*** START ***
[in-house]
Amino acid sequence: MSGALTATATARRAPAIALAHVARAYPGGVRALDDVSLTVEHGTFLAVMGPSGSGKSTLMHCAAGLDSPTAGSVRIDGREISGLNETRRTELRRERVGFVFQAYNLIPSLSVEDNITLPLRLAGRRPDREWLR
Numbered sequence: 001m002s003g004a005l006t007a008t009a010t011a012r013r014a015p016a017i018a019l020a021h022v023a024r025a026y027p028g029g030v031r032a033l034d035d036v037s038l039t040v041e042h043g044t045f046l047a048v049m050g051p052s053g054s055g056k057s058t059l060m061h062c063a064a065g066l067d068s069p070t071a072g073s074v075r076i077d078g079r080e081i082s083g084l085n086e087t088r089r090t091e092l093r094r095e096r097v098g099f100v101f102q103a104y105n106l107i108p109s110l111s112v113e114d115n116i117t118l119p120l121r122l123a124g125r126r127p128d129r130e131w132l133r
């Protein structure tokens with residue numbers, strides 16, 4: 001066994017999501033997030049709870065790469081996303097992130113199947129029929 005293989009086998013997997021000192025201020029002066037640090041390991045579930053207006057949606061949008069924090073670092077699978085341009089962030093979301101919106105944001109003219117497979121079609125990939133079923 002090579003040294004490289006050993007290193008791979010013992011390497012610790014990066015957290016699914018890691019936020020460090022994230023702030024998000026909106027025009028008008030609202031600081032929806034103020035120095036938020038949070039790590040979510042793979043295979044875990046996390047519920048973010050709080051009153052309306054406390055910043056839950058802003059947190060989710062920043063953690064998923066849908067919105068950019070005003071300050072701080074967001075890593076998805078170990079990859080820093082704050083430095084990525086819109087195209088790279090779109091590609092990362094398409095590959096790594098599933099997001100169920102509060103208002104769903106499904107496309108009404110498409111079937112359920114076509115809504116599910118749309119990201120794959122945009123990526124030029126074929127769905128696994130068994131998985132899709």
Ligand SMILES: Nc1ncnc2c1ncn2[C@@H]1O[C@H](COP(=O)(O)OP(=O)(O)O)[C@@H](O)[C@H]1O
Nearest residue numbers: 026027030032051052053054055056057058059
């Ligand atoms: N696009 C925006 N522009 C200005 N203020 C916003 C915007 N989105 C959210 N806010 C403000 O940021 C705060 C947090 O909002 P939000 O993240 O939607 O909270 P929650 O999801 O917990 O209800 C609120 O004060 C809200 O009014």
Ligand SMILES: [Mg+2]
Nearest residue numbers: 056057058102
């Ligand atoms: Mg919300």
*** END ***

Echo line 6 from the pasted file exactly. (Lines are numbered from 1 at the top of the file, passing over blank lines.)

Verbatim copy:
Nearest residue numbers: 026027030032051052053054055056057058059